Primary aldosteronism is more common than previously recognized, and prevalence rises with severity of hypertension, reports a study in the Annals of Internal Medicine.
The cross-sectional study included participants from studies at four US medical centers: 298 with normotension, 115 with stage 1 hypertension, 203 with stage 2 hypertension, and 408 with resistant hypertension. All underwent an oral sodium suppression test, regarded as a gold-standard confirmatory test for primary aldosteronism. The study definition of “biochemically overt” primary aldosteronism was a urinary aldosterone level greater than 12 µg/24 h.
In all four blood pressure categories, participants with higher renin-independent aldosterone production had higher blood pressure, increased potassium excretion, and lower serum potassium. Mean adjusted urinary aldosterone level was 6.5 µg/24 h in the normotensive group, 7.3 µg/24 h in participants with stage 1 hypertension, 9.5 µg/24 h in those with stage 2 hypertension, and 14.6 µg/24 h in those with resistant hypertension.
Adjusted prevalence of biochemically overt primary aldosteronism was 11.3% in the normotensive group, 15.7% in participants with stage 1 hypertension, 15.7% in those with stage 2 hypertension, and 22.0% in those with resistant hypertension. The aldosterone–renin ratio had low sensitivity and negative predictive value for biochemically overt primary aldosteronism.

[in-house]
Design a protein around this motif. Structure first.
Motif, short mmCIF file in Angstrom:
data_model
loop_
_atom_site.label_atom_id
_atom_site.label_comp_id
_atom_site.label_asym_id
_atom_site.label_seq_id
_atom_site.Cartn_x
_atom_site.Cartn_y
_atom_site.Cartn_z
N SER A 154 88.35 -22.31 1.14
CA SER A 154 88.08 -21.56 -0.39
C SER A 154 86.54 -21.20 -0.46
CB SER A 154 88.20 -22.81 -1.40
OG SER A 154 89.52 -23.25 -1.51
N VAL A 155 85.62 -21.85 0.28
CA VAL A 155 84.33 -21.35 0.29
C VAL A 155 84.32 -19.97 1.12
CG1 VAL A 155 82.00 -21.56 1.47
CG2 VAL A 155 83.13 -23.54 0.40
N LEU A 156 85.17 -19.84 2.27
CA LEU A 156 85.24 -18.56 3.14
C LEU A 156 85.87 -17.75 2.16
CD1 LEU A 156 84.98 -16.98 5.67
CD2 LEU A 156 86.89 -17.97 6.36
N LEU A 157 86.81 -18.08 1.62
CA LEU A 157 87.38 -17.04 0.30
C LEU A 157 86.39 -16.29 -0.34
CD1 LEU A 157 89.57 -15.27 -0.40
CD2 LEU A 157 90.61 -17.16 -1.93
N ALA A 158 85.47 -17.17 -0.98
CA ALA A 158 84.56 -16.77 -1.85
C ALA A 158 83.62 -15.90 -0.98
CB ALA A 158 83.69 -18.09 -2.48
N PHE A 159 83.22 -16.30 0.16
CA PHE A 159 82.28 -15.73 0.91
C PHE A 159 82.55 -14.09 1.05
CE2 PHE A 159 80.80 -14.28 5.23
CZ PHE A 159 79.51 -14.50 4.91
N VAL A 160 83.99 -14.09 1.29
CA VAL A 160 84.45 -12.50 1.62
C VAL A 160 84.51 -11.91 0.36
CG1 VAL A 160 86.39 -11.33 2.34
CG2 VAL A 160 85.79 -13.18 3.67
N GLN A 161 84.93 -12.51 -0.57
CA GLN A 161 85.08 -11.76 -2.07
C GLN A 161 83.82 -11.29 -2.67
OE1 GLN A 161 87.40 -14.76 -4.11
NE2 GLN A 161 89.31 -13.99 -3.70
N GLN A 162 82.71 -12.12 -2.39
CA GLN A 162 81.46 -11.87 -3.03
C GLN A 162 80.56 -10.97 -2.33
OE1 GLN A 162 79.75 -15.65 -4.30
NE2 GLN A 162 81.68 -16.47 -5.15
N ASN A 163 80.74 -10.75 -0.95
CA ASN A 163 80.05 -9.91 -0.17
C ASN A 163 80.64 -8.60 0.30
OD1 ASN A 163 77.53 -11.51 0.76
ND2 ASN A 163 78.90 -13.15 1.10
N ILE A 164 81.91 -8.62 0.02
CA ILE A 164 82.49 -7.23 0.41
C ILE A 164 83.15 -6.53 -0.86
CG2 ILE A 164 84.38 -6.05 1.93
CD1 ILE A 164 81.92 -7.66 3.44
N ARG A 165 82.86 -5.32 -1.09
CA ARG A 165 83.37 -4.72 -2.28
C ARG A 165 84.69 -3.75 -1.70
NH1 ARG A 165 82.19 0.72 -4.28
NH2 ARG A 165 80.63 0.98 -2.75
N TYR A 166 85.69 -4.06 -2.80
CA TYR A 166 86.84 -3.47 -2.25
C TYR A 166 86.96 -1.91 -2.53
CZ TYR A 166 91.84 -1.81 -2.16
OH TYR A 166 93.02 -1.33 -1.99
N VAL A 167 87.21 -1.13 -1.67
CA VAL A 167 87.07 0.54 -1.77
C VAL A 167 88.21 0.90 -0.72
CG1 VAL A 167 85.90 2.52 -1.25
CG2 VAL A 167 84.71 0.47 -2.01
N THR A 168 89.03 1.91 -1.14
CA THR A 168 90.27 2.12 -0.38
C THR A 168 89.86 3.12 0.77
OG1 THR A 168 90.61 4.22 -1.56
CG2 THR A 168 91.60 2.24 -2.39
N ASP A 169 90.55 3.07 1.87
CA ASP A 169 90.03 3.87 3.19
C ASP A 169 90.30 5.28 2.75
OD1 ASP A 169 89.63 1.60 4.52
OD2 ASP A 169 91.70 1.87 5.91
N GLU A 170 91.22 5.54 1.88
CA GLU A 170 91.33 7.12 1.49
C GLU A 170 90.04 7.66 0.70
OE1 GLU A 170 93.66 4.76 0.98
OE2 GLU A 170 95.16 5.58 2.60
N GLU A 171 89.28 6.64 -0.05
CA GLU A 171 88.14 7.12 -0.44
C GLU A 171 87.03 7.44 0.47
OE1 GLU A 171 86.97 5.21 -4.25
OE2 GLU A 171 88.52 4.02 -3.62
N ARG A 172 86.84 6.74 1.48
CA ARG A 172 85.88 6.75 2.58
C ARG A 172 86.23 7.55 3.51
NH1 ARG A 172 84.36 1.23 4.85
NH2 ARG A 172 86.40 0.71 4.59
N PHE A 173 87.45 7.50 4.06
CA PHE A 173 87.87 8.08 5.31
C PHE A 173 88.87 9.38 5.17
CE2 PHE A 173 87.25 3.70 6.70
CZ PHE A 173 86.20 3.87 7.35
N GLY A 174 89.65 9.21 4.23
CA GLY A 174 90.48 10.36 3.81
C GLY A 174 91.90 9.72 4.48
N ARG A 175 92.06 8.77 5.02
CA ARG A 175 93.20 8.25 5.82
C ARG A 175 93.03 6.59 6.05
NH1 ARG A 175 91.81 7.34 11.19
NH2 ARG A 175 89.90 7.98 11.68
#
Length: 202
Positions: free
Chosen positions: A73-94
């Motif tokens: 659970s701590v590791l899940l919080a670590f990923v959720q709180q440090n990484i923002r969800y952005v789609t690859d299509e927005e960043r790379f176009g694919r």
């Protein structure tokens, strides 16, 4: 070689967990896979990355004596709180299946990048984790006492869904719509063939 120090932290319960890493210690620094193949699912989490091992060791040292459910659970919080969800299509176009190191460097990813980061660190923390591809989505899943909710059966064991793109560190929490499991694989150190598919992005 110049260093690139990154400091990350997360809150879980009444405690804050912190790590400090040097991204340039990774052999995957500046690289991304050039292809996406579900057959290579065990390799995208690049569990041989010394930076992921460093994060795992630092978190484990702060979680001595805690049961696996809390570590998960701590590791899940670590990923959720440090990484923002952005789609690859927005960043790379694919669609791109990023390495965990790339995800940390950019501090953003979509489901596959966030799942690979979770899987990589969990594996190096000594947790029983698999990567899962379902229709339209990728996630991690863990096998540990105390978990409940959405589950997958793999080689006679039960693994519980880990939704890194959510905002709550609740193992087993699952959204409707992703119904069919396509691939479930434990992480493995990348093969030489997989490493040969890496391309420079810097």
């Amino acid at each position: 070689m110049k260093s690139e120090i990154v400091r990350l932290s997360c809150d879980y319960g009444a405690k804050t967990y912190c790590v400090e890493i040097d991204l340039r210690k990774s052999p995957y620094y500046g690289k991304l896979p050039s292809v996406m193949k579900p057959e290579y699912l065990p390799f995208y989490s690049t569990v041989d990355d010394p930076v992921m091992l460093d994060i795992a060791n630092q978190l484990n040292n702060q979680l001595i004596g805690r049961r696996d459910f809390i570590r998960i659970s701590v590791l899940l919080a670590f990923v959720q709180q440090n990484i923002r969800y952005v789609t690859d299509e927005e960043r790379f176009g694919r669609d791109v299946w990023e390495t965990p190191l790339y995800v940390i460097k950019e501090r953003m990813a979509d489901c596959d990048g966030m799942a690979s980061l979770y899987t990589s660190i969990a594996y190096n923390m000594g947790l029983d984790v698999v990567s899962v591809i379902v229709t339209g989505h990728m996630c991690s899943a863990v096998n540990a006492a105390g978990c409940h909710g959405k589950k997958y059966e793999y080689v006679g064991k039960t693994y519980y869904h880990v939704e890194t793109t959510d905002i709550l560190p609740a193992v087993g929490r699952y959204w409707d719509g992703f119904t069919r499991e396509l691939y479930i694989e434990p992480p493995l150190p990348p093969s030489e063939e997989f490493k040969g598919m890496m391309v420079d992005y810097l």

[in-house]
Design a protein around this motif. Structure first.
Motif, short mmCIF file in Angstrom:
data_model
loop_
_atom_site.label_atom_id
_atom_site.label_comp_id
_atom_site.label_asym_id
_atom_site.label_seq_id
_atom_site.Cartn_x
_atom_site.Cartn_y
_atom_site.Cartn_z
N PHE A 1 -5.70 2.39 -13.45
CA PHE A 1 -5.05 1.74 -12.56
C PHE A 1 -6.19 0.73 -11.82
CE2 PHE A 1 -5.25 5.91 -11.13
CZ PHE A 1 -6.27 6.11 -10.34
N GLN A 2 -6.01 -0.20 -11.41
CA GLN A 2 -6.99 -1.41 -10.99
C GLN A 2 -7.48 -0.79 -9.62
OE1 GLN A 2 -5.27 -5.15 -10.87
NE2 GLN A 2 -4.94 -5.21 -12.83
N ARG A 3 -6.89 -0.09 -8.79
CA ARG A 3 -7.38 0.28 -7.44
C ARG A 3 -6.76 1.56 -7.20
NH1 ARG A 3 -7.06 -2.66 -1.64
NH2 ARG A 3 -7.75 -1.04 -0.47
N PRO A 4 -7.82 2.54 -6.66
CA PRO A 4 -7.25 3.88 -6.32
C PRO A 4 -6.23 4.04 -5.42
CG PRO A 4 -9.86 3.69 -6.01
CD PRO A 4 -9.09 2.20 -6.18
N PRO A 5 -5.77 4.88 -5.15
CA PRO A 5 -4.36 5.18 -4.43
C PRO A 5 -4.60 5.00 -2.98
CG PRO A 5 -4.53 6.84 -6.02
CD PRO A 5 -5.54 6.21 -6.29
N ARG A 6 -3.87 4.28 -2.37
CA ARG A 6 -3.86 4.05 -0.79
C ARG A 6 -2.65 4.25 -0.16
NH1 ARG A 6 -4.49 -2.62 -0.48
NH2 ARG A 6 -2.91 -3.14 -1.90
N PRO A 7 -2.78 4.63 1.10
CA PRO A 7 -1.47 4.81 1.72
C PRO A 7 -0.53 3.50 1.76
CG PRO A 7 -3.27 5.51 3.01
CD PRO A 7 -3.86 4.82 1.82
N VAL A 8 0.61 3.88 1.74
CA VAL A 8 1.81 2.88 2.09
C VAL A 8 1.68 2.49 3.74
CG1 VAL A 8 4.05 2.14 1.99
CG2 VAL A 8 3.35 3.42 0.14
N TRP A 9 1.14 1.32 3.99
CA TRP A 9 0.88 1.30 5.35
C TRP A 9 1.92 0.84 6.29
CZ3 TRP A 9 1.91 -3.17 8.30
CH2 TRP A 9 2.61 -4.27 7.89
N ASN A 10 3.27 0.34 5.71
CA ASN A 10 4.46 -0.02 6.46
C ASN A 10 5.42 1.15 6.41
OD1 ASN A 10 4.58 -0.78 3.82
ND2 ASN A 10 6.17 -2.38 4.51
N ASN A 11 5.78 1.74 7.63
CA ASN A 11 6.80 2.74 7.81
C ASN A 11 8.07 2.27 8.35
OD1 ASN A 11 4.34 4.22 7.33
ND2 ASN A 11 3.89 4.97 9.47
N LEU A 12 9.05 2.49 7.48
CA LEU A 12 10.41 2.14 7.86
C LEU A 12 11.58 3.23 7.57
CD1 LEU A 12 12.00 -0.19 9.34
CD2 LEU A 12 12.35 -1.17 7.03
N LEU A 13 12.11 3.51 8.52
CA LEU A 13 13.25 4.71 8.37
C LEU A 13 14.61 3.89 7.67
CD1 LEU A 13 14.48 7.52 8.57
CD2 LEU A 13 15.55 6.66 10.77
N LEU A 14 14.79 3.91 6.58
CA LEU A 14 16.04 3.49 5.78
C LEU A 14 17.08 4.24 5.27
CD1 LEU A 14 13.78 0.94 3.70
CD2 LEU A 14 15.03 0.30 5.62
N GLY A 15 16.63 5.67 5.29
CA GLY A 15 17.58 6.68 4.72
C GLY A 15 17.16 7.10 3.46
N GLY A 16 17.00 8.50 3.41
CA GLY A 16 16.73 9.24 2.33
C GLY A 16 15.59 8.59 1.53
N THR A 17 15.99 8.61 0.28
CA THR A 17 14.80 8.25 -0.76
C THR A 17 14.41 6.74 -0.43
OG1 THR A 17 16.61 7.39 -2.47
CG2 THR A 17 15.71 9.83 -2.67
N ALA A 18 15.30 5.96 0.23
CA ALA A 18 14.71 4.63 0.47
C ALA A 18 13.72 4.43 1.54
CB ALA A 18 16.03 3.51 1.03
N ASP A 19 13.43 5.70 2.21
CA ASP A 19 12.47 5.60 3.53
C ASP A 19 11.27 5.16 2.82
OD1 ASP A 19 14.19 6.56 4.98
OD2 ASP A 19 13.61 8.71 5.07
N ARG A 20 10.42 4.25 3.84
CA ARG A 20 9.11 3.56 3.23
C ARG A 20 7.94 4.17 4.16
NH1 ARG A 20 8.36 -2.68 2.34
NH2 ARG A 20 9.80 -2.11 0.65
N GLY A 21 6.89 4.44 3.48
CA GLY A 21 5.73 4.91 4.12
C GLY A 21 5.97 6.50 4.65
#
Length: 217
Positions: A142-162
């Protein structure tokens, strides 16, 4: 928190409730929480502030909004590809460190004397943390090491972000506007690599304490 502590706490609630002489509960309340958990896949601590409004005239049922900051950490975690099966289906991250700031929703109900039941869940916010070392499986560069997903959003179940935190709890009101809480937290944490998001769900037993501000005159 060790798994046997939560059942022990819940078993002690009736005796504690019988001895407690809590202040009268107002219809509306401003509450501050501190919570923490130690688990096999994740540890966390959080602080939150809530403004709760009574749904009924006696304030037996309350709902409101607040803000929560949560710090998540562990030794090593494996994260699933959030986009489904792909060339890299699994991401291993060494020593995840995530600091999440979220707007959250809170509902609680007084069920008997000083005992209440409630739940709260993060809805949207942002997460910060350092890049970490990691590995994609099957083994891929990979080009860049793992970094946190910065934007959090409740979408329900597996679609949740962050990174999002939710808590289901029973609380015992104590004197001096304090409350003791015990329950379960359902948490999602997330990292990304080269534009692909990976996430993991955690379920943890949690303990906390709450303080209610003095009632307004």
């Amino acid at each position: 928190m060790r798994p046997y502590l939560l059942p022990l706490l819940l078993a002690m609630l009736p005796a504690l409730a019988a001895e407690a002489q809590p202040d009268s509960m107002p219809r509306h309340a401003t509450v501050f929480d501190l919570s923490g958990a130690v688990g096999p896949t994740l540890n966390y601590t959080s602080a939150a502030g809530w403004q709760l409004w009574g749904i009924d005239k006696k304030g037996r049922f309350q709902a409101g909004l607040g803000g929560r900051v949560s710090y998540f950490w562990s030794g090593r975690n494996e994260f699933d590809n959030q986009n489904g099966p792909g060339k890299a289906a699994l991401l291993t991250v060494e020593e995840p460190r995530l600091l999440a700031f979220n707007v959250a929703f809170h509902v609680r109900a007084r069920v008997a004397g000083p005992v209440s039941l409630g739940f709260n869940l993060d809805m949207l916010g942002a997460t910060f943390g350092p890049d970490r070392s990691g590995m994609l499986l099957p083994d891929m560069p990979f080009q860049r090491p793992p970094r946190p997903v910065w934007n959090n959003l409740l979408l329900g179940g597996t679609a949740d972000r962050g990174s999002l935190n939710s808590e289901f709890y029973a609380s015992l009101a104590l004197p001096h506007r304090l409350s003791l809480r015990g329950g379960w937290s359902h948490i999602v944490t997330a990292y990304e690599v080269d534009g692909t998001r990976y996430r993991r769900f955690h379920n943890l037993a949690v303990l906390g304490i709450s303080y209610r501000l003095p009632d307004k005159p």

Patients with primary aldosteronism have nonsuppressible, renin-independent aldosterone production, associated with hypertension and adverse cardiovascular outcomes. The aldosterone–renin ratio is the currently recommended screening test for primary aldosteronism.
The new study, using the oral sodium suppression test, finds a high prevalence of unrecognized, biochemically overt primary aldosteronism. The findings “show the existence of a pathologic continuum of nonsuppressible renin-independent aldosterone production that parallels the severity of hypertension,” the researchers write. They believe that primary aldosteronism should not be regarded as a “rare and categorical disease,” but rather as a common contributor to hypertension across the full range of severity [Brown JM, et al. The unrecognized prevalence of primary aldosteronism: a cross-sectional study. Ann Intern Med 2020; 173:10–20].